A look at Target's collaboration with Neiman Marcus for niche products sold in a designated area of their retail stores. The items sold slowly and are now marked down 50%. Photos made at Target Store at Lake Street and Hiawatha Ave in Minneapolis.
Marlin Levison, Star Tribune
Cheap chic, luxury didn't blend well
- Article by: JOHN EWOLDT
- Star Tribune
- January 5, 2013 - 3:57 PM
Just as Homer Simpson once yelled "be funnier!" at his TV set, shoppers looked at the holiday season's Target + Neiman Marcus collection and wished it were cooler --and cheaper.
Target had high hopes for the high-profile collection to ignite early December receipts, but sales fizzled instead in a ho-hum holiday season. That's one reason the Minneapolis-based retailer last week reported flat sales for December.
Target forgot "expect more, pay less" with the collection, said Amy Koo, an analyst with Kantar Retail consulting near Boston. Many items appeared to be too high-priced, and shoppers who were focused on getting a good deal weren't seeing the value, she said.
"Folks were looking for a gift to share -- a scarf, a shirt or a dress -- but they were too expensive," she said. "Target needs to re-evaluate the price point and the quality of the product."
Koo calls the collection a "miss" for Target, but the retailer is not giving up on collaborations with designers, Target spokesman Joshua Thomas said. It has a number of programs planned for 2013, including a Prabal Gurung collection that will debut Feb. 10.
But working with another retailer won't necessarily be in the mix. "We continue to redesign the formula with every collaboration," Thomas said. "Not everything works. Each program and model is different."
Target hoped that its collaboration with Neiman Marcus and 24 designers would duplicate the selling frenzy generated by its Missoni collection in 2011, when eager shoppers crashed the retailer's website.
Initial indications were promising when the collection debuted on Dec. 1. Online traffic for the collection on the first day was on par with Black Friday numbers. "Millions of guests shopped this collection," Thomas said.
As the days and weeks went on, however, curious customers shopped the collection, but few were buying it. The entire line was discounted 50 percent on Dec. 20 and 70 percent on Jan. 1, prompting analysts and shoppers to wonder what happened.
Ava Beilke of St. Louis Park said the line initially interested her, but she was put off by an assortment that seemed too frivolous (a flask) or too expensive ($50 for a picture frame) at a time when people were spending conservatively.
"The things seemed unnecessary," she said. "Maybe they need to collaborate with more-affordable designers like Coach," said the 23-year-old social media specialist.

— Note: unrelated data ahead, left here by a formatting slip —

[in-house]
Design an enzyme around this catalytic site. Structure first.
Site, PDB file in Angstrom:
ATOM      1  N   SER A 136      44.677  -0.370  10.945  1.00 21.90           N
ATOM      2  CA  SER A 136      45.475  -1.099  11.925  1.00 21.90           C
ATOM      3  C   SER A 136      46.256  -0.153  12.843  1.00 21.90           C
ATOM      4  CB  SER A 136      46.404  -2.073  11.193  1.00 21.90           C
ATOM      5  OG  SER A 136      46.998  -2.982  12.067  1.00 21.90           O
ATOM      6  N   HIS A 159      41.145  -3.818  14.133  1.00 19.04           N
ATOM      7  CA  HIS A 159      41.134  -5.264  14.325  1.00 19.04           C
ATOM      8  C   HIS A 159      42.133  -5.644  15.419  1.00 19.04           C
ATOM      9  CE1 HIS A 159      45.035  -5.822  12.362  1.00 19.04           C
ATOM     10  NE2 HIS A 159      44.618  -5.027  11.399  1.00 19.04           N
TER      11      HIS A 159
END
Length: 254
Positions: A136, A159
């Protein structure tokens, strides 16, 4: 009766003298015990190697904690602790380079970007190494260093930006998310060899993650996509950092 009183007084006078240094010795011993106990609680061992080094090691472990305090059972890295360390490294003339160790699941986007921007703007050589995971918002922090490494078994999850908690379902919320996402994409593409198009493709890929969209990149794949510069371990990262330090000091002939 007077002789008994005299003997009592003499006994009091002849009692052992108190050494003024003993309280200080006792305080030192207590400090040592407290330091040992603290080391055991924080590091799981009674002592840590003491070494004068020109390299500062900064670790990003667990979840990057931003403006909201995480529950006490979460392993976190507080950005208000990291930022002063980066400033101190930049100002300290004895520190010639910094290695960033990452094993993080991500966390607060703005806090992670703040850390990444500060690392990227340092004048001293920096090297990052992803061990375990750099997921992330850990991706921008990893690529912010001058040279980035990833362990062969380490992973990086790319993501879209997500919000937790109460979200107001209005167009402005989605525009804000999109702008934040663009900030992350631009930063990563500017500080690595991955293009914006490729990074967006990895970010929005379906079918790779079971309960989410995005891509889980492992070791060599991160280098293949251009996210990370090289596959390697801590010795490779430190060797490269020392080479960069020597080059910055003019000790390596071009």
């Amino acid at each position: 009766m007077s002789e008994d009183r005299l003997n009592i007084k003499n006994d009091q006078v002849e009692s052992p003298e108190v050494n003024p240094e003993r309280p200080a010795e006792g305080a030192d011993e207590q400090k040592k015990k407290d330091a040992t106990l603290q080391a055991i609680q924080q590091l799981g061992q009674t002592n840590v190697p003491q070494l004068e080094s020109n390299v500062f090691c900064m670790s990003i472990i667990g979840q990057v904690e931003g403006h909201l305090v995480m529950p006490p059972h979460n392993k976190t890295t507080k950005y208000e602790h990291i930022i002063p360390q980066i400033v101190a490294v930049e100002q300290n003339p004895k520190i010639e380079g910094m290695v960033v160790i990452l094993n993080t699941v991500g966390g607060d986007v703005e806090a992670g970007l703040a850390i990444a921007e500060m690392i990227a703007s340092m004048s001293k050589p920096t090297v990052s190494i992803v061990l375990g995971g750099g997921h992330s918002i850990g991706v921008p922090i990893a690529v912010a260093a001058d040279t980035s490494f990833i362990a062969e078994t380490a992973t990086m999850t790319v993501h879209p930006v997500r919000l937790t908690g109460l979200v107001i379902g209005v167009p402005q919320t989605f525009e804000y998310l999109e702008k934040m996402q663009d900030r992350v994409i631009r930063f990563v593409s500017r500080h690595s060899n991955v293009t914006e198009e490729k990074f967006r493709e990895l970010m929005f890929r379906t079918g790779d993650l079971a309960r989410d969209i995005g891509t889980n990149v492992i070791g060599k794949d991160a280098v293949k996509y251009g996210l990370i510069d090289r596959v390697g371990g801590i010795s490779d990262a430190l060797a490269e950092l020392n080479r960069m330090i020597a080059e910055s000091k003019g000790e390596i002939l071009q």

One change that was made for the Neiman Marcus collection may have been part of the problem. After the Missoni frenzy, where early bird shoppers filled their carts to make a profit re-selling on eBay, shoppers were limited to five per item in the Target + Neiman collection. Inventory was also doubled.
Beilke felt that excess inventory was another reason the collection lost its charm. "I saw nearly 80 of the same party dress on display," she said. "Designer clothing is supposed to be unique, not mass-produced. I don't want to see myself several times over if I wear that dress to a special occasion," she said.
That's unlikely to happen, at least for now, judging by the large numbers of party dresses by Robert Rodriguez and Lela Rose still languishing on the racks at $30 each.
While many shoppers gave the collection a big "meh" at regular price, interest grew after the line was discounted. Brent Meyers, director of the DesignWorks program at Minneapolis College of Art and Design, thinks customers buying the items at 50 or 70 percent off were getting great deals. "Maybe the average Target customer doesn't know or doesn't care about quality, but most of the pieces were a deal even at regular price," he said.
The beading on the girls' $100 dress by Marchesa, the worsted wool men's blazer by Thom Browne for $150 and the Altuzarra tray for $80 had exceptional detail, Meyers said, but Target never explained the quality like Neiman Marcus does.
As for Neiman Marcus' assessment of the partnership, the luxury retailer isn't commenting on the collection until its second-quarter earnings are released in late February, said Ginger Reeder, vice-president of corporate communications.
But Pam Danziger of Unity Marketing in Pennsylvania thinks Neiman's customers were more accepting of the program than Target's. "It featured designer brands that were recognized and familiar to the Neiman Marcus customer at prices that were lower than typical NM products," she said.
Danziger believes that Neiman's had lower expectations for the program, which was focused more on the Target mass-market customer.
While the collection failed to excite Target shoppers, Meyers said the timing might just have been off.
Several years ago, Target couldn't give away items from Zac Posen or Orla Kiely, he said. Now those items are selling for much more on eBay. "Kiely's melamine bowl set for $3 sold for $120 on eBay. Target gets a little ahead of itself sometimes."
John Ewoldt • 612-673-7633
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